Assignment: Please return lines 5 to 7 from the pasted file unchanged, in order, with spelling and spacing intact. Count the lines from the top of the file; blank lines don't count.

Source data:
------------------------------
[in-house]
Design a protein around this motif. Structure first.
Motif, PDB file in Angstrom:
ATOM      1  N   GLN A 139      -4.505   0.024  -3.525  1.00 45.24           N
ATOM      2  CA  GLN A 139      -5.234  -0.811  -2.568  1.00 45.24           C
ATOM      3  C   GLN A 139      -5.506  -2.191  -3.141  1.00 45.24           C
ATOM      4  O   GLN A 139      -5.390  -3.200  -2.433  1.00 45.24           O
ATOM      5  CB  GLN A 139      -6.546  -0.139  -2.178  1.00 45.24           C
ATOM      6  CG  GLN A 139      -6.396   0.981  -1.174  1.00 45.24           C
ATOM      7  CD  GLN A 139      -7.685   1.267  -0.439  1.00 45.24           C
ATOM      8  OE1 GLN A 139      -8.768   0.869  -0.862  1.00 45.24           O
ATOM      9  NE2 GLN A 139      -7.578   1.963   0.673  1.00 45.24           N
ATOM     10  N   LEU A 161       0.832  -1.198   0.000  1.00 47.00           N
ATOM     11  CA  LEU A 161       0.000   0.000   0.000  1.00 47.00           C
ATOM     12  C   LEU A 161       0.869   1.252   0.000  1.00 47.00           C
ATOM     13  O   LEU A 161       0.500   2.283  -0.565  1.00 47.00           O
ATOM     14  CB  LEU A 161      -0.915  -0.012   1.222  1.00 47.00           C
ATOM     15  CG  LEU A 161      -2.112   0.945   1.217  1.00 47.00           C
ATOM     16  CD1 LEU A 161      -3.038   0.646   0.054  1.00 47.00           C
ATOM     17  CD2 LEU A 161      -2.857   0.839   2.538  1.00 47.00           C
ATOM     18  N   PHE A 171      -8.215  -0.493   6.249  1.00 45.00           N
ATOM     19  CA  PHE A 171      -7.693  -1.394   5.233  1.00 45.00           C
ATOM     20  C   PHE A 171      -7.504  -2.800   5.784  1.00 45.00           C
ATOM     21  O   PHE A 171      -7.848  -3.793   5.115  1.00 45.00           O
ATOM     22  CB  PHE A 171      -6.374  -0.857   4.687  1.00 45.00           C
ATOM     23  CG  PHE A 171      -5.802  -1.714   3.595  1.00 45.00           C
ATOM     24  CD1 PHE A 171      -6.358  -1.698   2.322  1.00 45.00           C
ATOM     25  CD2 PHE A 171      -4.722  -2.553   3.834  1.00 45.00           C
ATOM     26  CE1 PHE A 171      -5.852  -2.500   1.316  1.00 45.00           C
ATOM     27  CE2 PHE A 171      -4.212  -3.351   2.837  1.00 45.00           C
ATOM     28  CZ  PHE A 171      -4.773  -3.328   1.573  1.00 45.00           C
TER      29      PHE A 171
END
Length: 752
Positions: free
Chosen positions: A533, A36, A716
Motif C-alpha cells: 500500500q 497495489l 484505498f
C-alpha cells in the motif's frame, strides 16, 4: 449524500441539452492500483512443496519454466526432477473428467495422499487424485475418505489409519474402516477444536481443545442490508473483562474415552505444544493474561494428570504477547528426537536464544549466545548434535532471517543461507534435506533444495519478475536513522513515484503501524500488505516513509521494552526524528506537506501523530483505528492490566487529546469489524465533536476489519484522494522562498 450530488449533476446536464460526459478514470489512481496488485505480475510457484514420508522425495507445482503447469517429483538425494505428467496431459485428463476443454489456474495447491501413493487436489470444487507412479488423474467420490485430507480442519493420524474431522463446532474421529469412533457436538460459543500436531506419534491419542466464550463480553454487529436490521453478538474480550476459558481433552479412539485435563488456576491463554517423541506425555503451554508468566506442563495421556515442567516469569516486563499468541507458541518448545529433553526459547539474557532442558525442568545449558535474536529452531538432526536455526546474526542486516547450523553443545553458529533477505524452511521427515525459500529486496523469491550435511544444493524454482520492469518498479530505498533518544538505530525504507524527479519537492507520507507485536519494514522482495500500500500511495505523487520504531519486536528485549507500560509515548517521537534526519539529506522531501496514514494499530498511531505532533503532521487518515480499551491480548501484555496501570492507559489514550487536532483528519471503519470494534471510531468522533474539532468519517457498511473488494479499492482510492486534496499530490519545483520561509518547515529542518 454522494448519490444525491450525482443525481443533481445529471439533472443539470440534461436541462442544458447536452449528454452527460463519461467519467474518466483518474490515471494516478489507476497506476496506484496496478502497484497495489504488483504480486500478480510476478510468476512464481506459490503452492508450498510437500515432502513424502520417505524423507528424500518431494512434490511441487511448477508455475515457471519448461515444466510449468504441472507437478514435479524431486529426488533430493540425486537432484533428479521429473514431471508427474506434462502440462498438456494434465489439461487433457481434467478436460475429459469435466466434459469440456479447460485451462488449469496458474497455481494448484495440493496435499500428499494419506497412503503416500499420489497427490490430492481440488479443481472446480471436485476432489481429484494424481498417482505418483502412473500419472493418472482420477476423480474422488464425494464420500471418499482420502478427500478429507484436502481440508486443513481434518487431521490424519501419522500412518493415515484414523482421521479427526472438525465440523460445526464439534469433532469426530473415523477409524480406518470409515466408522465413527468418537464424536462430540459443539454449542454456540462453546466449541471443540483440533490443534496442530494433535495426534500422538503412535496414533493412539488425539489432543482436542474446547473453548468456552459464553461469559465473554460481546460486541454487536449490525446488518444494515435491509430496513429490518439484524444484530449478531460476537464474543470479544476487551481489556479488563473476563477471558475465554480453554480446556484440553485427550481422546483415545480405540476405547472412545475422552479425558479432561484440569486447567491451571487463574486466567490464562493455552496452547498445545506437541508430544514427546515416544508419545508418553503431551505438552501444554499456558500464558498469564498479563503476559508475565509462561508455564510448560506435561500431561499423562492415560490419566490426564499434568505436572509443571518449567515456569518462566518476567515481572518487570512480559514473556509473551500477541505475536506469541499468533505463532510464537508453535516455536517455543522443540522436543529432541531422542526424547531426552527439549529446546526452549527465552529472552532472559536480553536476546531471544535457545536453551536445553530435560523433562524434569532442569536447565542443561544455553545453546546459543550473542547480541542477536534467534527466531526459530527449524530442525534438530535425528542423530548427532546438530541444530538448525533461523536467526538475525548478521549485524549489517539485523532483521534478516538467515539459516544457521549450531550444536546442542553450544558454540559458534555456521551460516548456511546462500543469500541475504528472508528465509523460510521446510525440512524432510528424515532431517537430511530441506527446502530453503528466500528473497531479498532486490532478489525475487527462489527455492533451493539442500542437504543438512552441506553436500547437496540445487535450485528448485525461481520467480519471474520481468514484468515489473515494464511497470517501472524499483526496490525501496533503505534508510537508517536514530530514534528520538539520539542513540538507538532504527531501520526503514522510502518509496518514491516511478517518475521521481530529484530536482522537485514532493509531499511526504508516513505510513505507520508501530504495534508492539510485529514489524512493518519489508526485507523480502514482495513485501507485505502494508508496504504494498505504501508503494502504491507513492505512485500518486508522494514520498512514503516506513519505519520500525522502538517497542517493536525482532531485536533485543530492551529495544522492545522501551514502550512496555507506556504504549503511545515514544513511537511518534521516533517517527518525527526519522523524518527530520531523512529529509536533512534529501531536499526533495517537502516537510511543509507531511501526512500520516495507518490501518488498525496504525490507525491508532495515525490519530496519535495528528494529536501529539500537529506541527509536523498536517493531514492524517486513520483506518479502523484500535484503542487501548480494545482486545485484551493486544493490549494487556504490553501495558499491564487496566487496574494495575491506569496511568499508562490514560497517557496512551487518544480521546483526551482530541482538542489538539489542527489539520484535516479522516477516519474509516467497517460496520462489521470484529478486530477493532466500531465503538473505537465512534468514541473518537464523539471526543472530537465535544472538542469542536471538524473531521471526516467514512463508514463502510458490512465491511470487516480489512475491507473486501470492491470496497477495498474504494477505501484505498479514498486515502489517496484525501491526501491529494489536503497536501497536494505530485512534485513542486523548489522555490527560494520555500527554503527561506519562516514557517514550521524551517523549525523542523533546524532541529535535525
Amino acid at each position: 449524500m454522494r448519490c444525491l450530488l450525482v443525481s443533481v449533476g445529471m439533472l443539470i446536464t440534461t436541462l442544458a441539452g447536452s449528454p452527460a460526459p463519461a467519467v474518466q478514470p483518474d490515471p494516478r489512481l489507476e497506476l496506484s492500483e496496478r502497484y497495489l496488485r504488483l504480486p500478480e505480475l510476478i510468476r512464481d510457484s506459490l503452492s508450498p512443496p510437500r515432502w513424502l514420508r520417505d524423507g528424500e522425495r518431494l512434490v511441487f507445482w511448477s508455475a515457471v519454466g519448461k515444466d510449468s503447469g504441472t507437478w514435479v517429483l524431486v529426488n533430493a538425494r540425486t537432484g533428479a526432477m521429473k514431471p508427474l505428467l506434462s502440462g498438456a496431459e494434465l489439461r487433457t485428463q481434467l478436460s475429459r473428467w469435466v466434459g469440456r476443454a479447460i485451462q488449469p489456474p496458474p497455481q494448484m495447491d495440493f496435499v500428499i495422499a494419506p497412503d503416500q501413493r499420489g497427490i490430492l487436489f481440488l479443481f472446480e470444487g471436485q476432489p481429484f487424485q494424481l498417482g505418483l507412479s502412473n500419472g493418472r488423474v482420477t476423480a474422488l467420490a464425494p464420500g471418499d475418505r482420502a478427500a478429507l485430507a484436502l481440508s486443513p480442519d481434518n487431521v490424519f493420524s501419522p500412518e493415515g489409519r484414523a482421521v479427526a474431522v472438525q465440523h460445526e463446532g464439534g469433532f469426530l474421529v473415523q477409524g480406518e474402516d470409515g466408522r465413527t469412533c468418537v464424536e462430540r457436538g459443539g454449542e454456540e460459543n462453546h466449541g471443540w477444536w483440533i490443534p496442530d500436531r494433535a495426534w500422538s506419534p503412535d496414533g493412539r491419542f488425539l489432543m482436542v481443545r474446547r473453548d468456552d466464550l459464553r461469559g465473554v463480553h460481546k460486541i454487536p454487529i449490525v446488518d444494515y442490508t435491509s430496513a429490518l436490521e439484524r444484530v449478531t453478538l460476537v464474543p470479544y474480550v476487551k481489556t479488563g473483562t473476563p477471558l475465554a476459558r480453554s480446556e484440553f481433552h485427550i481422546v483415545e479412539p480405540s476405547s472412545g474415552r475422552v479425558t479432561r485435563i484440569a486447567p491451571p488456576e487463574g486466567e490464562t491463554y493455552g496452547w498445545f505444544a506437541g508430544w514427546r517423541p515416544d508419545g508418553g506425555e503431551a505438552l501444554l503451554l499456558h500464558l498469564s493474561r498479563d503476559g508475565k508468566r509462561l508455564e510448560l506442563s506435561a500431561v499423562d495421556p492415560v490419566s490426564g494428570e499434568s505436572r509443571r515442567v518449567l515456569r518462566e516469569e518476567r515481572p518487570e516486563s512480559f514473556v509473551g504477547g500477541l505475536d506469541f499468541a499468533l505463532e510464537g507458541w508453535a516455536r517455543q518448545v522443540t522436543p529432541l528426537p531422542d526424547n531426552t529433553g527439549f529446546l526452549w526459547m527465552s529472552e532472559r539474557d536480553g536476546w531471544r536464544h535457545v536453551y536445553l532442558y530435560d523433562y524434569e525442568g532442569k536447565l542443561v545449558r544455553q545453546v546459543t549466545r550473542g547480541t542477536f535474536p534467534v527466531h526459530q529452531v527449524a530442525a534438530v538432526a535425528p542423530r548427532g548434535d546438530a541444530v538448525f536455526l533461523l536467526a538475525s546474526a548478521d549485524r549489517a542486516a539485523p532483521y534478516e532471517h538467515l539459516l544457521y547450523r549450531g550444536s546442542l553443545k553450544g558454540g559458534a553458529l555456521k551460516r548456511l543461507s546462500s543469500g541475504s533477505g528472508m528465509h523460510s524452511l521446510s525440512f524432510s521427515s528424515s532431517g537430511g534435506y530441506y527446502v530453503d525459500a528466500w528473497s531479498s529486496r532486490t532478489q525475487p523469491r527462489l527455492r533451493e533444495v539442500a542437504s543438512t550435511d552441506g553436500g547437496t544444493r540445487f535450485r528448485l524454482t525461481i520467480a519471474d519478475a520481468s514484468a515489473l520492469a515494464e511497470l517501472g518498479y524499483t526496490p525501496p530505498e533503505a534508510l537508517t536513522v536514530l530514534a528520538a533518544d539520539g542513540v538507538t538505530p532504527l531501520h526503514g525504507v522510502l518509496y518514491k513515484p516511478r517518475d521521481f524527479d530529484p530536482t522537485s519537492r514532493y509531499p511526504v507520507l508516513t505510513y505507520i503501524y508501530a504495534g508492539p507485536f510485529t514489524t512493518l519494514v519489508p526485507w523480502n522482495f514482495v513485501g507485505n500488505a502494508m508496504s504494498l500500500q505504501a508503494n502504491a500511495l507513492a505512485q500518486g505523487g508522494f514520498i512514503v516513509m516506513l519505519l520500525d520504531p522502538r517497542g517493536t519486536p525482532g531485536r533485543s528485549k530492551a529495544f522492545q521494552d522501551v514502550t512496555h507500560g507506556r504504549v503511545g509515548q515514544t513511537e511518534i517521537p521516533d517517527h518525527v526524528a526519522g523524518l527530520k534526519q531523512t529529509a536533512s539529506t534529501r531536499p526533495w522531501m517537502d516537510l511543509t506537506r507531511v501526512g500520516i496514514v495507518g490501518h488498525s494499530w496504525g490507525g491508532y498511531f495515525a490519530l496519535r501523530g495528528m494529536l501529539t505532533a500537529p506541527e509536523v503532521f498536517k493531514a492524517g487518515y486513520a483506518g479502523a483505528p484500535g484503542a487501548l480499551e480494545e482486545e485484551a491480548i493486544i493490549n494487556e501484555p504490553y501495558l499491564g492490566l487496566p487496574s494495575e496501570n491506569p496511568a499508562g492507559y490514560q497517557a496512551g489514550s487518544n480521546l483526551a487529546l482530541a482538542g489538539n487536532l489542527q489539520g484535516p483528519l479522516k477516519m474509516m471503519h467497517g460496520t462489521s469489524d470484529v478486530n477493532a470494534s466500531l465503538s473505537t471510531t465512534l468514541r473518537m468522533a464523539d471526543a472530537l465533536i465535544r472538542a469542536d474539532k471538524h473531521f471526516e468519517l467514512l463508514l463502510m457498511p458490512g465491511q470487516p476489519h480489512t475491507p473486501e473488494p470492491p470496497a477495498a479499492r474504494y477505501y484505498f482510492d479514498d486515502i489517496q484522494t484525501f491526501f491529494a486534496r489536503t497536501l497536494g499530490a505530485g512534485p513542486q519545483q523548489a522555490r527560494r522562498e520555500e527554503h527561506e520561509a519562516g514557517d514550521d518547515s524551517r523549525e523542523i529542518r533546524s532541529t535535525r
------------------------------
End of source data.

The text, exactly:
ATOM      2  CA  GLN A 139      -5.234  -0.811  -2.568  1.00 45.24           C
ATOM      3  C   GLN A 139      -5.506  -2.191  -3.141  1.00 45.24           C
ATOM      4  O   GLN A 139      -5.390  -3.200  -2.433  1.00 45.24           O